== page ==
Wednesday, September 15, 2010

In The Gold Dust Rush

Just a little less than halfway done with this project...

Today I am visiting with a friend in SLC and tomorrow it's off for Wendover and the Western Desert. I'm pretty confident about the way the photographic part of this project is turning out...

Then there is the idea of actually writing something more substantial, closer to resembling a real book, about these places. Which leads us to the subject of Ghost Town books in general. Aren't there enough already written? Why go over what's already been done, researched and written about in great depth already?


For starters, ghost town books have the convenient habit of going out of date as time goes by and different places fall apart completely, burn down, get taken over by second-home owners, get strip mined into oblivion, get torn down by the Bureau of Land Management, get converted into motorcross race tracks, or shooting ranges, etc... History disappears pretty fast out here on its own, and a lot of Utahan's actions (or inaction) aren't helping. This is, after all, the state who's motto is "Industry". Preserving historic structures ranks pretty low on the list of priorities when there's money to be made!

A good example of this comes from Winter Quarters in Carbon County. Today, the former town is just a few neglected and collapsed frames of stone, alongside overgrown foundations, broken glass, and two large, modern, hunting trailers. It is also the site of the worst mining disaster in Utah's history. On May 1, 1900, 200 miners died when built up accumulations of underground coal dust ignited. The explosion made headlines around the world. Whole families were devastated- many loosing several members at once in the blast. Boy scouts from neighboring counties volunteered to dig the many graves needed in nearby Scofield's cemetery, and religious officials from as far away as Rock Springs, WY came in to administer rites in multiple languages. In a state heavily dependent on extractive industries, you'd think this place would be known, studied, and visited. Instead it is locked away behind 3 separate fences all with "Private Property- No Trespassing" signs (four fences actually if you count the side road up to the mine entrance itself). The owners of the ranch alongside the road to Winter Quarters don't do much to encourage tourism. The elk tags the Division of Wildlife gives them can sell for thousands of dollars a-piece to out of state trophy hunters. The tighter land access is controlled, the more these tags are worth.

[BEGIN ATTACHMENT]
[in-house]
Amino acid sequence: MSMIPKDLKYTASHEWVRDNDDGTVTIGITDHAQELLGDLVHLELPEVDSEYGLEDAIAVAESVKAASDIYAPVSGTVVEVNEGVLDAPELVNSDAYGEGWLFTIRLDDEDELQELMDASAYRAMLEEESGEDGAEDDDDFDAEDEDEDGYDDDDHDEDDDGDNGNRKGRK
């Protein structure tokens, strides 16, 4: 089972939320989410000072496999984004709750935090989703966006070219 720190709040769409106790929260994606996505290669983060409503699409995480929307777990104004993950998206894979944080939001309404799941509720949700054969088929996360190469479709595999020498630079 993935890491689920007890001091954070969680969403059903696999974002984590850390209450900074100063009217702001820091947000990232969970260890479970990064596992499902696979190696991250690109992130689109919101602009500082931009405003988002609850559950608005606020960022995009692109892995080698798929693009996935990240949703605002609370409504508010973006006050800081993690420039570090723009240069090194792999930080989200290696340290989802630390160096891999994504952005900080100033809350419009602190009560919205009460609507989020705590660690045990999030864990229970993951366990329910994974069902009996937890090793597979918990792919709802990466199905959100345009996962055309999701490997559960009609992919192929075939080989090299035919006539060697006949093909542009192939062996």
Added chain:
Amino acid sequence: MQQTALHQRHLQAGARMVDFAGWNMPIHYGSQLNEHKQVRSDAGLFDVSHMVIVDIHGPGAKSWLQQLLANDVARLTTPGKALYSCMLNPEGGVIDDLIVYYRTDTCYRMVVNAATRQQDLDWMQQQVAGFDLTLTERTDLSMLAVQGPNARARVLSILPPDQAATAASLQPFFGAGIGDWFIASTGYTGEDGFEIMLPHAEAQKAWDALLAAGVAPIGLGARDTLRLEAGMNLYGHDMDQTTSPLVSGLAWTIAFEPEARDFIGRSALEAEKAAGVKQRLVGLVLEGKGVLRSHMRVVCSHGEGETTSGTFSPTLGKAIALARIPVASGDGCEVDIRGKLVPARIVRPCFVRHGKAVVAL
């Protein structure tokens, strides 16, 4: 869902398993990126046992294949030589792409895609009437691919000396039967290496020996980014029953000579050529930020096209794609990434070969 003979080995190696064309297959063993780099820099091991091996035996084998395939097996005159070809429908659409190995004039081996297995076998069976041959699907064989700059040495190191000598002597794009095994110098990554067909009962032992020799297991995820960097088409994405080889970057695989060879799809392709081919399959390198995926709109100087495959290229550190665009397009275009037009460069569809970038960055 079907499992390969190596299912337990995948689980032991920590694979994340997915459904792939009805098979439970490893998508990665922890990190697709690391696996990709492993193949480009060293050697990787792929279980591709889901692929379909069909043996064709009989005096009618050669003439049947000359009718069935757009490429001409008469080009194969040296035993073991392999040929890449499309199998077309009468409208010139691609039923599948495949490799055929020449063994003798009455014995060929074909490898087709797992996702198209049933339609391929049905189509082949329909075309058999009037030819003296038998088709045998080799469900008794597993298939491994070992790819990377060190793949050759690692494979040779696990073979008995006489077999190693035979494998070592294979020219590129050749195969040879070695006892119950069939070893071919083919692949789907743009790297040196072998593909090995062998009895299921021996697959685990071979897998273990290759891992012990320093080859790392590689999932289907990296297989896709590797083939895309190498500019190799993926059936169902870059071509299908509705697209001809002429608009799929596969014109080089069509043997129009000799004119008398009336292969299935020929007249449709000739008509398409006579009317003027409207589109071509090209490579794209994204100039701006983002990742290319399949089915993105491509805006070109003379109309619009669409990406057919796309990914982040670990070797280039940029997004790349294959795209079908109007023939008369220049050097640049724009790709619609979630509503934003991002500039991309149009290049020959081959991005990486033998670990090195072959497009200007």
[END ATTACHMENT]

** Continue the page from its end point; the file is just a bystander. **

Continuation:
I also visited- but didn't photograph- the site of the second worst mining disaster in Utah's history. This would of course be Castle Gate, Carbon County, where on March 8 1924, 172 men died in another underground explosion. Castle Gate is also famous for being the site of Butch Cassidy and Elza Lay's daring payroll robbery in 1897. There is a small commemorative plaque along highway 6 about these events you'll probably miss as your drive past the giant fenced off coal power plant that has been built where this town once stood!

A lot of the ghost town books tend to excite readers about places with virtually no traces left of them at all, or inversely, they set you up for disappointment when your visit to someplace rare and special turns out to be wedged tightly in between brand new trailer homes, shiny pickup trucks, and "No Tresspassing" signs. Probably the most authoritative book of this type for Utah- Some Dreams Die, by George Thompson- has the rather obnoxious habit of concluding every entry on a historic place with the suggestion that great treasure may be just waiting to be found by You and Your metal detector. It would be pretty hard to calculate just how much damage that one book alone has contributed to the places it describes by sending the most destructive visitors directly to them.

Well, we'll see what I wind up being able to pull together. Till then, here's a little peak of what's still left out there.

Mohrland, Hiawatha, Coal City, National, Peerless, Standardville, Rains, Mutual, Ophir, Spring Canyon, Winter Quarters, Homansville, Silver City, Death Canyon, Mercur, Manning...

1 comment:

  1. Okay, the photos prove it. You're having an adventure. Very deserted. Get it: very desert-y? Keep checking in on FaceBook so we know where you've been and that you are okay!